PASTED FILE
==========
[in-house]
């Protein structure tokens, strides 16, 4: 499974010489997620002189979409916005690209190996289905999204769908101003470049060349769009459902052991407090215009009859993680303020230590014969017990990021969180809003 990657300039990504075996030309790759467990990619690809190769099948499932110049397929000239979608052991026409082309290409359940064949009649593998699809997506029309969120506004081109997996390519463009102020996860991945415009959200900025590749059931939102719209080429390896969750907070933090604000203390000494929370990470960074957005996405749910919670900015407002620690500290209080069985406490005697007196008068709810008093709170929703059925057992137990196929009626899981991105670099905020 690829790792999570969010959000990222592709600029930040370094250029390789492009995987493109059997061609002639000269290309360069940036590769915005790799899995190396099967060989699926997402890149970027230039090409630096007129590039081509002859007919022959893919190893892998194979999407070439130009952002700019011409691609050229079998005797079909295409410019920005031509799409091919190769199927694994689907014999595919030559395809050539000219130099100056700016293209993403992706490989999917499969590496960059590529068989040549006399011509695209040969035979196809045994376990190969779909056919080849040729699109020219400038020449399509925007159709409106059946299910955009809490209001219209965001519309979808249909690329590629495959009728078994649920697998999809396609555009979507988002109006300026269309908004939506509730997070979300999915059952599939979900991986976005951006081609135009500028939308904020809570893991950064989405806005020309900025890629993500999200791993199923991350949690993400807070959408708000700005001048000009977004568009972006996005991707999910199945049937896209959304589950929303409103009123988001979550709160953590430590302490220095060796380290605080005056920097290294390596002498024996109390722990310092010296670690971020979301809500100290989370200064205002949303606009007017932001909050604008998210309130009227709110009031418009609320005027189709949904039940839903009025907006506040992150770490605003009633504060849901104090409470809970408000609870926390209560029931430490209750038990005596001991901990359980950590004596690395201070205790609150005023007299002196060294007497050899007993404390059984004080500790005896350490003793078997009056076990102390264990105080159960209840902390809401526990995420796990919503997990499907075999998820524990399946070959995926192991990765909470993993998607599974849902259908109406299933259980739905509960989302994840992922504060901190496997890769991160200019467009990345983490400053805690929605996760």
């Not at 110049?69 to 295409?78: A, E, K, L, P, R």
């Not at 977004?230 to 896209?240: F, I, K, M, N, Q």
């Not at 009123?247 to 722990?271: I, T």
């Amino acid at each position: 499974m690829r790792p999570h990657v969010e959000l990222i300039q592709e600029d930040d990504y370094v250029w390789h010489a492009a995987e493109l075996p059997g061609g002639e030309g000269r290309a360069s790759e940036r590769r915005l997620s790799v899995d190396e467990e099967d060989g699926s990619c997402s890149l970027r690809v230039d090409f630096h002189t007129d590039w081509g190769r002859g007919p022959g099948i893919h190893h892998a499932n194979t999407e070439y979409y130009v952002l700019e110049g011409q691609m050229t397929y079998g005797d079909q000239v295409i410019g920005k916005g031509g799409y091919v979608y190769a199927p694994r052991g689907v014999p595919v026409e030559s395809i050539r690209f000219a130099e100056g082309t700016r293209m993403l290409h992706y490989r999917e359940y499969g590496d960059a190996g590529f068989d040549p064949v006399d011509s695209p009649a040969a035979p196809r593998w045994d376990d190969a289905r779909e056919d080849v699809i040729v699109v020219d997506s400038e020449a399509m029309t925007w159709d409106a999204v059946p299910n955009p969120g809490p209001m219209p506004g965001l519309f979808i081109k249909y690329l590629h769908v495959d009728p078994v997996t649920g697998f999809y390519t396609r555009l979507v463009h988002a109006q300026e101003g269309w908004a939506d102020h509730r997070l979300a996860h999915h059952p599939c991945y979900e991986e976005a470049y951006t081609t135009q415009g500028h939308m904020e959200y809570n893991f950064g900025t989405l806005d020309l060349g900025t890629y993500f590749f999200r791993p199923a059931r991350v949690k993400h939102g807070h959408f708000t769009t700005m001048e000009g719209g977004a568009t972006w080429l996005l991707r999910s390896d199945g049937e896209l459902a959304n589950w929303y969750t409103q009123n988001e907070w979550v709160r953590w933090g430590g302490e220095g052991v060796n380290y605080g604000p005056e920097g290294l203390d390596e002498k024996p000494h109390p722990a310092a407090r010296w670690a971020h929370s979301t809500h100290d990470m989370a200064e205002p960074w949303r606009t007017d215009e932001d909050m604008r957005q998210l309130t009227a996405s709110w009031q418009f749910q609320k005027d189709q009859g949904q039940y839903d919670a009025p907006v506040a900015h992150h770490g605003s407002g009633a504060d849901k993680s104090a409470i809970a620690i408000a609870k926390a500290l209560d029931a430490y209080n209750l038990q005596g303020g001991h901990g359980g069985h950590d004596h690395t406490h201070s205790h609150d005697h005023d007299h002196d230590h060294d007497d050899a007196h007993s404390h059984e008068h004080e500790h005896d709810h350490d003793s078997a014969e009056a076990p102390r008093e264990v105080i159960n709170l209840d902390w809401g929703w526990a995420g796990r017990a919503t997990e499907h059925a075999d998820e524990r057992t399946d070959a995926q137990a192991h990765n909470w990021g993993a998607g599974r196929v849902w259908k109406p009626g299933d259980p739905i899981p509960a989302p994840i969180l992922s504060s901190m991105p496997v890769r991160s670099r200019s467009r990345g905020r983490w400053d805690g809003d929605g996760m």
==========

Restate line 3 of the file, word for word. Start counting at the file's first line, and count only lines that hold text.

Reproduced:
């Not at 110049?69 to 295409?78: A, E, K, L, P, R």